Pie in the Sky
If there’s one piece of advice I’d probably give to anyone going to a play with the intent to review, try not to sit two seats away from the playwright in question. Granted, I didn’t really figure this out until the intermission, but it did mean that instead of experiencing the second act purely on a personal level, I kept inadvertently looking over to my right for various cues — wait, is Jesse Kellerman laughing here? Okay, but wait again, shouldn’t he have seen his own play? Am I supposed to react now? And on and on. It’s kind of like when the writer part of my brain kicks in while I’m reading a book and once there, it can’t go away.
That said, it didn’t really stop my enjoyment of the opening night of Kellerman’s play, THINGS BEYOND OUR CONTROL, billed as “a play about Dallas, Love, Fate and peach Pie.” I’d sum it up as mostly quite good, though very much the work of a younger man and a new production (the play inaugurated the Grid Theater Company, which seems to be very heavily NYU-based and influenced, if bios and credits are to be believed.)
The play takes a single incident and breaks it into fragments, then
spends the rest of the time bringing the fragments and scattered
characters together in surprising and intriguing ways. A cabbie,
carrying a passenger to the airport, hits a boy on a bike, then speeds
away. But we don’t learn this important fact until midway through the
first act, at which point the passenger — Roberta — has missed her
flight to London, fought with the flight attendant Miranda, and made
some important but extremely impulsive decisions about her life. The
lives of the cabbie, the boy, the boy’s father, the uptight but
well-meaning doctor on duty at the hospital, and a Texas belle waitress
are at stake too. Layer after layer is revealed, then taken away, until
finally — thanks to the observatory machinations of a downtrodden
magician — something approximating a resolution is achieved.
As in his debut novel SUNSTROKE, the dialogue in THINGS BEYOND OUR
CONTROL is the strongest element. From the pithy one-liners dished out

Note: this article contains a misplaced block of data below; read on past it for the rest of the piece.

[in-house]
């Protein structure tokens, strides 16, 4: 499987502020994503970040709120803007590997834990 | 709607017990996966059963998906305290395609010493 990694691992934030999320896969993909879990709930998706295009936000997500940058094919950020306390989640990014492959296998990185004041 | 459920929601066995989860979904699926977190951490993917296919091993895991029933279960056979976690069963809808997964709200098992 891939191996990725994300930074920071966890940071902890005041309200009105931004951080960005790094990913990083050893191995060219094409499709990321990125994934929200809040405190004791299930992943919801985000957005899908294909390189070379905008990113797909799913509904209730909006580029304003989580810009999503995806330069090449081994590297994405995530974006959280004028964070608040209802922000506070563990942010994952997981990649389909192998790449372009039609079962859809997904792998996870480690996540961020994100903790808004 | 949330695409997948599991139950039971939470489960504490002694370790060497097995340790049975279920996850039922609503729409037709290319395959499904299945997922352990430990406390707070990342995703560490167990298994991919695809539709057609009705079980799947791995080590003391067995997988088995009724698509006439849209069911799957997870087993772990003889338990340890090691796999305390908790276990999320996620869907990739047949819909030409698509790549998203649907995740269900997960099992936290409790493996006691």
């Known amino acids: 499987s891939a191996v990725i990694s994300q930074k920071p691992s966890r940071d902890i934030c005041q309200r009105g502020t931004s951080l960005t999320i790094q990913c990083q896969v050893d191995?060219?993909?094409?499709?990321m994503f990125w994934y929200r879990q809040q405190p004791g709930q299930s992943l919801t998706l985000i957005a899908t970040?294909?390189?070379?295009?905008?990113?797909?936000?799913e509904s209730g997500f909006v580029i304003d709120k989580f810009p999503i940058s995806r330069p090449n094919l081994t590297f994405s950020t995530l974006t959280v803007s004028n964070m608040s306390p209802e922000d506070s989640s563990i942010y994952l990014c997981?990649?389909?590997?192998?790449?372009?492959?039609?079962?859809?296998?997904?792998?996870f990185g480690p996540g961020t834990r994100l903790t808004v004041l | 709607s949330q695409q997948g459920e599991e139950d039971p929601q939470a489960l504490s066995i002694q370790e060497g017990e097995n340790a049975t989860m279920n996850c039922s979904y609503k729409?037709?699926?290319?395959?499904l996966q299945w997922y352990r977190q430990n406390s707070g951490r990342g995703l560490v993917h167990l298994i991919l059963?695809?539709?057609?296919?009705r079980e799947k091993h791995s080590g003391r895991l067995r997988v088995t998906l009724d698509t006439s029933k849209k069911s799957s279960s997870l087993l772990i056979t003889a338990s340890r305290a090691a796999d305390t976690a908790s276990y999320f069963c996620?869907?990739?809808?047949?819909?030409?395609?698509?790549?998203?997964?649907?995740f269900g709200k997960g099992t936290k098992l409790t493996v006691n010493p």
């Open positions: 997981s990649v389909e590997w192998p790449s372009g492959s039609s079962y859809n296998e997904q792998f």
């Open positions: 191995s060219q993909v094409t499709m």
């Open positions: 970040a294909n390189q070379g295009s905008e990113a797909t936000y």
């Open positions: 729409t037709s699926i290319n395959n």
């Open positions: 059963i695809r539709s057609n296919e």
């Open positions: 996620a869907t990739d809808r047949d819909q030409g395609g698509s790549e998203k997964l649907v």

by the Amazing Tarquin (ably played by Matthew Johnson) to the waitress
Opal’s floundering attempts at storytelling and connection to, best of
all, the expansive silences that thicken the tension between characters.
That said, there are some pretty important weaknesses that must be
addressed. Some might have been due to opening night jitters, but the
scene changes were awkward at best, clunky at worst, and too often
threw off the rhythm between scenes (some of which were only about a
minute long.) The play is at the Linhart Theater, which is a pretty
open space, and perhaps there could be room to place each of the main
sets at various corners, then alter the lighting to shine on each one
in succession and keep the flow going.
Seamlessness may have also helped in the play’s structure, where
some important elements were more telegraphed than they should have
been, and various connections that should have been surprising really
weren’t. Also, I was never really sure why the play had to be set in
Dallas. Just because? It seemed like it could have worked in any
Southwest or midwestern city, and the Dallas-ness sometimes proved
distracting and superfluous.
But in the end, THINGS BEYOND OUR CONTROL entertained me and showed off the talents of various actors and actresses, and there’s no question that Kellerman is a talented playwright. But I can’t help feeling that someday, this will be regarded as the beginning of something, with more mature works to come. Which, of course, is a good thing to think about a writer still in his 20s.
As it turned out, Kellerman had never seen the play performed in its entirety until last night, and considering that it won the Princess Grace prize way back in 2003, that’s quite a long gap. So it wasn’t that unnerving to watch a playwright laugh and react at his own creation. Instead, it actually proved to be kind of cool. And as I was walking towards the subway to go home, I passed by the most appropriate sign in the world considering what I’d just seen — a sign for the new small chain shop PIE.
THINGS BEYOND OUR CONTROL will be playing at the Linhart until January 28th, then moves to Boston for a fuller production in mid-March.